Another defining feature of corporate climate leaders highlighted by the report and webinar is the way that carbon offsets necessarily have a marginal role in credible net zero strategies. Both Hellstrom and Ahrens said their respective firms were not placing any emphasis on carbon offsetting or credits at this stage in their decarbonisation journeys, stressing that they were focused on reducing absolute emissions in line with their near-term goals and as such actions to compensate hard-to-abate emissions were low down the agenda.

Hellstrom highlighted how emerging net zero standards, such as the Science Based Targets Initiative's (SBTi) latest standard, all point to how direct emissions reductions should account for 90 per cent of a companies' net zero goal as a bare minimum, with offsets only used to combat those emissions that genuinely cannot be eradicated. Meanwhile, Ahrens reflected on how if companies do want to deliver negative emissions a good place to start is likely to be in their own supply chains, where enhanced forestry and regenerative agriculture practices could serve to help deliver the 'net' in net zero, while also enhancing biodiversity and climate resilience, without the need to get involved in the carbon offsets market.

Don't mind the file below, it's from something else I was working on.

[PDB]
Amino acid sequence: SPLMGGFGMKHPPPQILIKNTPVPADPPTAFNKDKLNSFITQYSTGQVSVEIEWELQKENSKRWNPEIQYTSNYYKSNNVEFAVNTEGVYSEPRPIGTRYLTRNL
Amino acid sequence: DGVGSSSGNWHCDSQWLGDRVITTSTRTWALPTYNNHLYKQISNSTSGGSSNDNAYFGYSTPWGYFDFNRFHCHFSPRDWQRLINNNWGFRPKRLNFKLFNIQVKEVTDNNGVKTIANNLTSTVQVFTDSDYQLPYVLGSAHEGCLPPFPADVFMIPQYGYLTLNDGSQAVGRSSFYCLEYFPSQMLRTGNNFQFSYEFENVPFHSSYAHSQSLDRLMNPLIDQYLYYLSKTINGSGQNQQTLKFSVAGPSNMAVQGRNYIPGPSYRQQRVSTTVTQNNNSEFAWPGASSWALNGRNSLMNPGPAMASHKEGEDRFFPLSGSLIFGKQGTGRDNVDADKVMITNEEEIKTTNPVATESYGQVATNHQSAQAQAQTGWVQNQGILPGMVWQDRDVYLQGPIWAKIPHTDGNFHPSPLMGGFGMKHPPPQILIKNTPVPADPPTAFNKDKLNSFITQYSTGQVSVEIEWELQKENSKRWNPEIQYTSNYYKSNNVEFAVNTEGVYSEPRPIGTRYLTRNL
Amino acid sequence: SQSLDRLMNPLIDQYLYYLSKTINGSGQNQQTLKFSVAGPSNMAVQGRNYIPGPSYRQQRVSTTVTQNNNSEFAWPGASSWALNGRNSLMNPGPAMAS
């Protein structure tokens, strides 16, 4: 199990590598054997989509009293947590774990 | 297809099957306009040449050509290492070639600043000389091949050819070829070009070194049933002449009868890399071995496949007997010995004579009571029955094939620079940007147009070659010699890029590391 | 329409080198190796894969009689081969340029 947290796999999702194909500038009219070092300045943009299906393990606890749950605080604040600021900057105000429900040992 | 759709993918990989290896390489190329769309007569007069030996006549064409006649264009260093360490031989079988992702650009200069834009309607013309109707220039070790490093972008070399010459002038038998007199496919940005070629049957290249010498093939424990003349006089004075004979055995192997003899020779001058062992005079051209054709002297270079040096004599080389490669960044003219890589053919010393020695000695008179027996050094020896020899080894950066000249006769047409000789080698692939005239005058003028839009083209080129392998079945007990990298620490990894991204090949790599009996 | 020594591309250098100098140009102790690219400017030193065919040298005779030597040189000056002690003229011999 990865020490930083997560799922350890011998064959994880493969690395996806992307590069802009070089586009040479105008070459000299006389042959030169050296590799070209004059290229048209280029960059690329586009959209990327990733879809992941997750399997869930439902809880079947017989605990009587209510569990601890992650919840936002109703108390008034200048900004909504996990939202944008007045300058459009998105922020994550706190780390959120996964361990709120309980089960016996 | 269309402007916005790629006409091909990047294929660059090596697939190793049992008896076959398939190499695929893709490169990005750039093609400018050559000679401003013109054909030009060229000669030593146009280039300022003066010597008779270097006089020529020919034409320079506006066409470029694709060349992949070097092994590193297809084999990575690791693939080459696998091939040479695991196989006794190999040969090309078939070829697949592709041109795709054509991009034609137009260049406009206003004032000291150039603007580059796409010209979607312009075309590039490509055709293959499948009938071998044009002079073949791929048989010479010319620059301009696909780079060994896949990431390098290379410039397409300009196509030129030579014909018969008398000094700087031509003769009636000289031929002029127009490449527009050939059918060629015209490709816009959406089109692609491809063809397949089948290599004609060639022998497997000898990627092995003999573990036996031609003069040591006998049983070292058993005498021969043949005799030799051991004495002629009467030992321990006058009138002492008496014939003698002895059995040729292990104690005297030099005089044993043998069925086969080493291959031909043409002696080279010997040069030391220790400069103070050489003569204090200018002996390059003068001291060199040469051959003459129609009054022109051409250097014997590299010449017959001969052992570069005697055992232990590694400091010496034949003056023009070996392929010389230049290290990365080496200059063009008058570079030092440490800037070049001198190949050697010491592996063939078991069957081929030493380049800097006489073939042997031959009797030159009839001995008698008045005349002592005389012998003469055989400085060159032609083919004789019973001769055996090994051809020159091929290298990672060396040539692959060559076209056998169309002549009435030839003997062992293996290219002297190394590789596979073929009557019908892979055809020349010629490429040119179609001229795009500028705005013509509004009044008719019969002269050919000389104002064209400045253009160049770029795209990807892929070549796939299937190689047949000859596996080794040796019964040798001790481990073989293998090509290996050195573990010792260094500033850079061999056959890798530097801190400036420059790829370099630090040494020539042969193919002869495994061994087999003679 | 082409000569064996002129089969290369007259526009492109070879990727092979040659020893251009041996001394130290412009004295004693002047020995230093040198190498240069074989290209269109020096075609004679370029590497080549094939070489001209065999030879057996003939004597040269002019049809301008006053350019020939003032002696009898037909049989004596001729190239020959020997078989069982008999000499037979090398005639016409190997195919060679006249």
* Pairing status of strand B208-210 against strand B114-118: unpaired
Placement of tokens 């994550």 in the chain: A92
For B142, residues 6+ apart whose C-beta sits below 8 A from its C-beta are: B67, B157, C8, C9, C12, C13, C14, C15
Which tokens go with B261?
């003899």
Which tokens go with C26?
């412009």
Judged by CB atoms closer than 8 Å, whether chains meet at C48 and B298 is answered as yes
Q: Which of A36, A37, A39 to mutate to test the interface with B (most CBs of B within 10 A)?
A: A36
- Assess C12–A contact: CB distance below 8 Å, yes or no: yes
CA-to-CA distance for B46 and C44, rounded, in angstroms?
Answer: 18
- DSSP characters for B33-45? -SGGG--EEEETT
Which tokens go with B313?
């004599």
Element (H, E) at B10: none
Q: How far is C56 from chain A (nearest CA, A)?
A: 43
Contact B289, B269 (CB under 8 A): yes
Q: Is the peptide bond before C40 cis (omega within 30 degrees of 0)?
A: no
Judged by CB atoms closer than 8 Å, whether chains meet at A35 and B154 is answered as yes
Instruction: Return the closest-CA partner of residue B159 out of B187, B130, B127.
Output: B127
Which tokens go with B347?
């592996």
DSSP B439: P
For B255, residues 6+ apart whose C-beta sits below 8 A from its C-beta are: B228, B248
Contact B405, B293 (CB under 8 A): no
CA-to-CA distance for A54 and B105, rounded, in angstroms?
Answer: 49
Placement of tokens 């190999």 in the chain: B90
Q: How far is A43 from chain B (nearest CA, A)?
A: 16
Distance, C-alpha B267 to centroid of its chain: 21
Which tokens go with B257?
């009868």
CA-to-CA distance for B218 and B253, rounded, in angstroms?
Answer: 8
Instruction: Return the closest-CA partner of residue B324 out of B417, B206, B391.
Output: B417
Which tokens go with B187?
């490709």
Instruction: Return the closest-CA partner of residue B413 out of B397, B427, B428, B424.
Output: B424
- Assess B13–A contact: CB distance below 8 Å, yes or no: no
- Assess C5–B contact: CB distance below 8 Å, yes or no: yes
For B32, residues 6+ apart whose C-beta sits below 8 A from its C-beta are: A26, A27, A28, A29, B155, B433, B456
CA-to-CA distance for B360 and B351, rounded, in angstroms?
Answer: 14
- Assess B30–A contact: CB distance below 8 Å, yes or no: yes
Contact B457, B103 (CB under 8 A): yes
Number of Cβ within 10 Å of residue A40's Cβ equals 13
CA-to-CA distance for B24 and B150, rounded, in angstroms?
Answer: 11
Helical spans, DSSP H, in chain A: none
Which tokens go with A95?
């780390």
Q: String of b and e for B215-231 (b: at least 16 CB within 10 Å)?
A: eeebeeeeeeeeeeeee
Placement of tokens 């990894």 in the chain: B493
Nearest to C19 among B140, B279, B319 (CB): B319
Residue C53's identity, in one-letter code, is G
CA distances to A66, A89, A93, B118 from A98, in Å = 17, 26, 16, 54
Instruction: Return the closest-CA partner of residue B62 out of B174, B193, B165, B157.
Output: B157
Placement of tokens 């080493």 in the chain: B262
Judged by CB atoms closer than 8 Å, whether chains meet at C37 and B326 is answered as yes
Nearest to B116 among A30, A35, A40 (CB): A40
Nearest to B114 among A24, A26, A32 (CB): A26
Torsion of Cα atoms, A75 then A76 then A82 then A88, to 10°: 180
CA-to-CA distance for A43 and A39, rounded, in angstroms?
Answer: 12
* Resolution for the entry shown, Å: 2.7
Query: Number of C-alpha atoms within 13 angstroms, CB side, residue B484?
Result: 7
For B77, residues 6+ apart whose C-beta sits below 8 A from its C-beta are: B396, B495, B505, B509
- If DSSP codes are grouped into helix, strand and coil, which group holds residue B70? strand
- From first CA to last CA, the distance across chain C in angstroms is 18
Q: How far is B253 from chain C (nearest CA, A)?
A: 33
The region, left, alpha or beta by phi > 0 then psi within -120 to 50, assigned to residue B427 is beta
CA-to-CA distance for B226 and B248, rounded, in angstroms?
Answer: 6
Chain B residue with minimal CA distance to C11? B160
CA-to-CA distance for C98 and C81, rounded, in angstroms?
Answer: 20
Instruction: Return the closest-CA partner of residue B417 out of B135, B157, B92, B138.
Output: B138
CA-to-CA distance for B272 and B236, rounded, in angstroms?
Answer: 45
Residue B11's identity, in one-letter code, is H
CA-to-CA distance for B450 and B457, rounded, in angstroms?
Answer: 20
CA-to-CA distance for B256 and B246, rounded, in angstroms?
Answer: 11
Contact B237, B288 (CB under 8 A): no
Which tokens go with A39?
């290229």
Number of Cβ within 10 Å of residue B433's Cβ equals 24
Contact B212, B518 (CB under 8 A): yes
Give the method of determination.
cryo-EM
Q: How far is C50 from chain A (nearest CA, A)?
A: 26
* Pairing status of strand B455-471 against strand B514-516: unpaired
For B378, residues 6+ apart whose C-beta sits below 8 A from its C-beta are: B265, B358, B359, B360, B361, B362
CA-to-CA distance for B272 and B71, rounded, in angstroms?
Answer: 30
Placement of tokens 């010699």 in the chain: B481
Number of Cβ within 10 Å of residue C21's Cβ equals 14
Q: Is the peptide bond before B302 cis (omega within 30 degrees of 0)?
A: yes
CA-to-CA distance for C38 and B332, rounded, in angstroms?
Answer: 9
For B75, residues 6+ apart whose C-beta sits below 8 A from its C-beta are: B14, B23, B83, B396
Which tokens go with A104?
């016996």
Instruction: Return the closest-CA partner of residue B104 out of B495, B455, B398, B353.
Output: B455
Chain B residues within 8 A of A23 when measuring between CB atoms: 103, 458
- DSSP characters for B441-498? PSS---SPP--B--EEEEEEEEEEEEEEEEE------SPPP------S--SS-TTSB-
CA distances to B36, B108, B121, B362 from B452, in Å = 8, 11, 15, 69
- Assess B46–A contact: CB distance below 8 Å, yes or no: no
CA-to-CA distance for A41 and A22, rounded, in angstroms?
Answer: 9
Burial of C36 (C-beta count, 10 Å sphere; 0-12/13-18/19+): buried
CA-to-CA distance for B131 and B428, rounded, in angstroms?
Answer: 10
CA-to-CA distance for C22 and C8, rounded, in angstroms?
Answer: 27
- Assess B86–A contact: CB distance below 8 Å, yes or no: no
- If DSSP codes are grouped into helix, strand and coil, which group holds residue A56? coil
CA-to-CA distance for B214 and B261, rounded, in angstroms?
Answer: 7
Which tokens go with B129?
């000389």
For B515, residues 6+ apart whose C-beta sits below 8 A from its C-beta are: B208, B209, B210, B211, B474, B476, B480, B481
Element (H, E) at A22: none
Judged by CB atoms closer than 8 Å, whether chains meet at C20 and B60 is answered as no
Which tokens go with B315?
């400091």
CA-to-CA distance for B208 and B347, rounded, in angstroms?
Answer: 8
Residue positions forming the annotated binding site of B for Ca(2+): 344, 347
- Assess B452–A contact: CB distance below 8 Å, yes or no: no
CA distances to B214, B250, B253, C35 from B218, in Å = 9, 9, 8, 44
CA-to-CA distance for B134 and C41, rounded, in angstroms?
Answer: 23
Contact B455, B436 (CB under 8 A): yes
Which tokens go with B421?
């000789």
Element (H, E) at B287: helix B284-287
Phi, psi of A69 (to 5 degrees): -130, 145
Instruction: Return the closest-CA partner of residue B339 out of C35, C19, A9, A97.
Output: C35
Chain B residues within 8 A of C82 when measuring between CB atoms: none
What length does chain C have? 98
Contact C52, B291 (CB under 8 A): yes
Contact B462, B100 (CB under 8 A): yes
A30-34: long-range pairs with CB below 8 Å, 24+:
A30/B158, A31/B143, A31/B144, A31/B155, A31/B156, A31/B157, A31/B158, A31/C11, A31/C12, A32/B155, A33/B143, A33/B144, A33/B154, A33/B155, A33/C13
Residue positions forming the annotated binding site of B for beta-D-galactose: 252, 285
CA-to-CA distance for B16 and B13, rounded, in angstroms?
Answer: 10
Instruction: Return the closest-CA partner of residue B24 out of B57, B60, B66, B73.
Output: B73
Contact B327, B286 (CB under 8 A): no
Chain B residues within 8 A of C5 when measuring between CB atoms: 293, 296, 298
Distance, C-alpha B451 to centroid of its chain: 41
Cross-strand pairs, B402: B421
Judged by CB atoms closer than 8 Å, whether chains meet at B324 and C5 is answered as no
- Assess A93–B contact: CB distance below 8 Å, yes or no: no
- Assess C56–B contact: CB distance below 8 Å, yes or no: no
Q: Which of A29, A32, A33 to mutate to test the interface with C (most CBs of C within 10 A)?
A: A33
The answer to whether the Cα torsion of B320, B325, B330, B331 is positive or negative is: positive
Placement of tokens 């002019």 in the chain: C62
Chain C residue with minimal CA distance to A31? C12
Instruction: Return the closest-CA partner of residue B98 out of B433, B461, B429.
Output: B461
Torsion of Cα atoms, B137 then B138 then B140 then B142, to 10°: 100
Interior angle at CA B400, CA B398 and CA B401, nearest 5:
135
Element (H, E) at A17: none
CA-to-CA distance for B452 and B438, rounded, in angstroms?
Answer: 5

Ahrens also confirmed that Ikea planned to revisit its goal to align with the new SBTi standard. "We've set out to do that during this financial year," he said. "Because we need to reduce our emissions in line with science. Maybe we need to even increase ambition even further when it comes to our emission reductions - but I think we're on the right track." Ikea has pledged to be 'climate positive' by 2030, which it claims it will achieve by reducing more greenhouse gas emissions than the IKEA value chain emits.

Ellis acknowledged there was a role for carbon removals in addition to emissions reductions in a future where the voluntary carbon market becomes better regulated and policed, in particular for companies in hard-to-abate sectors. "It is not using offsetting to reduce your emissions reductions, but it is about doing additional things with additional finance to help facilitate alternative solutions," she said.

Decarbonising a multinational business is a hugely daunting task, requiring the buy-in from executives, board members, and the company workforce, as well as concerted and constant outreach to suppliers, customers, and competitors. Meanwhile, companies must navigate an incresasingly complex regulatory landscape, and wade through a plethora of overlapping target-setting and reporting standards. But yesterday's discussion, held just hours before a new UN-backed group tasked with scrutinising net zero targets met for the first time, highlights there are some common steps large firms can take to propel themselves forward on this most consequential of journeys.

BusinessGreen's webinar was held in association with WWF, H&M Group and Ikea. You can sign up to watch a recording of the webinar here.

You can also check out the new WWF report, Beyond Net-Zero: A business pathway to spur urgent climate action towards 2030.